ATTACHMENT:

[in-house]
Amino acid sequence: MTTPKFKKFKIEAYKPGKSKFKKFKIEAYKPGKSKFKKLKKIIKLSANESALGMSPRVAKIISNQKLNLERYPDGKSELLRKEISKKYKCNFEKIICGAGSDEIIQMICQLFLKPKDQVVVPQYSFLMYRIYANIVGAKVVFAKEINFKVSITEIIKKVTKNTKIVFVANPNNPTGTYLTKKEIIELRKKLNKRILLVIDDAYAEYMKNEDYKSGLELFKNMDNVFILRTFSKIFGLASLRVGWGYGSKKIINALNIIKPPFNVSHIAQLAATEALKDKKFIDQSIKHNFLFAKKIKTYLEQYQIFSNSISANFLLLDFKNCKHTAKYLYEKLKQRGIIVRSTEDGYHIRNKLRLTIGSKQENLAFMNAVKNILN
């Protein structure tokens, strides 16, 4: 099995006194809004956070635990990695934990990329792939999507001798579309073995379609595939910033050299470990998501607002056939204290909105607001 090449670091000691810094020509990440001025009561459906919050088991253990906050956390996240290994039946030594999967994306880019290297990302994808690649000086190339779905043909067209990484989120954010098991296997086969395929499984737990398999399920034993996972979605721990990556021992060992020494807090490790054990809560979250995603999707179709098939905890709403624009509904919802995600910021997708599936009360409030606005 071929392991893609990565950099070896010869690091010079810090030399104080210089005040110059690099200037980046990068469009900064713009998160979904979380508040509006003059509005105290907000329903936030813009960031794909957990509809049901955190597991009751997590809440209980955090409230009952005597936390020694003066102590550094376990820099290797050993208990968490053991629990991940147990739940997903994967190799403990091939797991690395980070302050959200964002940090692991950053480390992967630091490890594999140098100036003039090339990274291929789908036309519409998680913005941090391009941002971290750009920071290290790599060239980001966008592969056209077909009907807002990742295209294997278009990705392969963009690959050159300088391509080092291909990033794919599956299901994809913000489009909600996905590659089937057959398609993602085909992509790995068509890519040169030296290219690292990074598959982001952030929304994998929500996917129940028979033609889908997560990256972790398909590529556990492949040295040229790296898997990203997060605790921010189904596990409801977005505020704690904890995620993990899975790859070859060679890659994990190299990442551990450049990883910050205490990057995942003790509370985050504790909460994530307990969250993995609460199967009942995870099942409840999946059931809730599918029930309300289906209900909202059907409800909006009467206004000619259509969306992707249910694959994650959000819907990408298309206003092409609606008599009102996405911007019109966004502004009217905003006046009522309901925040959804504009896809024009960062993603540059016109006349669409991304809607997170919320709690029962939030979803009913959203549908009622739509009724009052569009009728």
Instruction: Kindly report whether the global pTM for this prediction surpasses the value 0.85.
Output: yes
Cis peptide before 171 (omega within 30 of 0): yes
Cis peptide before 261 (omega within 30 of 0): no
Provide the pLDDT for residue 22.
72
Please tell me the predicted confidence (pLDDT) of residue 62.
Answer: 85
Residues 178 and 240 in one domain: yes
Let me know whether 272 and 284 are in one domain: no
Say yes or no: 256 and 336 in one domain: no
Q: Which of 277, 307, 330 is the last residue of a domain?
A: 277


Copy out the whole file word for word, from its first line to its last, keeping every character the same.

[in-house]
Amino acid sequence: MTTPKFKKFKIEAYKPGKSKFKKFKIEAYKPGKSKFKKLKKIIKLSANESALGMSPRVAKIISNQKLNLERYPDGKSELLRKEISKKYKCNFEKIICGAGSDEIIQMICQLFLKPKDQVVVPQYSFLMYRIYANIVGAKVVFAKEINFKVSITEIIKKVTKNTKIVFVANPNNPTGTYLTKKEIIELRKKLNKRILLVIDDAYAEYMKNEDYKSGLELFKNMDNVFILRTFSKIFGLASLRVGWGYGSKKIINALNIIKPPFNVSHIAQLAATEALKDKKFIDQSIKHNFLFAKKIKTYLEQYQIFSNSISANFLLLDFKNCKHTAKYLYEKLKQRGIIVRSTEDGYHIRNKLRLTIGSKQENLAFMNAVKNILN
């Protein structure tokens, strides 16, 4: 099995006194809004956070635990990695934990990329792939999507001798579309073995379609595939910033050299470990998501607002056939204290909105607001 090449670091000691810094020509990440001025009561459906919050088991253990906050956390996240290994039946030594999967994306880019290297990302994808690649000086190339779905043909067209990484989120954010098991296997086969395929499984737990398999399920034993996972979605721990990556021992060992020494807090490790054990809560979250995603999707179709098939905890709403624009509904919802995600910021997708599936009360409030606005 071929392991893609990565950099070896010869690091010079810090030399104080210089005040110059690099200037980046990068469009900064713009998160979904979380508040509006003059509005105290907000329903936030813009960031794909957990509809049901955190597991009751997590809440209980955090409230009952005597936390020694003066102590550094376990820099290797050993208990968490053991629990991940147990739940997903994967190799403990091939797991690395980070302050959200964002940090692991950053480390992967630091490890594999140098100036003039090339990274291929789908036309519409998680913005941090391009941002971290750009920071290290790599060239980001966008592969056209077909009907807002990742295209294997278009990705392969963009690959050159300088391509080092291909990033794919599956299901994809913000489009909600996905590659089937057959398609993602085909992509790995068509890519040169030296290219690292990074598959982001952030929304994998929500996917129940028979033609889908997560990256972790398909590529556990492949040295040229790296898997990203997060605790921010189904596990409801977005505020704690904890995620993990899975790859070859060679890659994990190299990442551990450049990883910050205490990057995942003790509370985050504790909460994530307990969250993995609460199967009942995870099942409840999946059931809730599918029930309300289906209900909202059907409800909006009467206004000619259509969306992707249910694959994650959000819907990408298309206003092409609606008599009102996405911007019109966004502004009217905003006046009522309901925040959804504009896809024009960062993603540059016109006349669409991304809607997170919320709690029962939030979803009913959203549908009622739509009724009052569009009728």
Instruction: Kindly report whether the global pTM for this prediction surpasses the value 0.85.
Output: yes
Cis peptide before 171 (omega within 30 of 0): yes
Cis peptide before 261 (omega within 30 of 0): no
Provide the pLDDT for residue 22.
72
Please tell me the predicted confidence (pLDDT) of residue 62.
Answer: 85
Residues 178 and 240 in one domain: yes
Let me know whether 272 and 284 are in one domain: no
Say yes or no: 256 and 336 in one domain: no
Q: Which of 277, 307, 330 is the last residue of a domain?
A: 277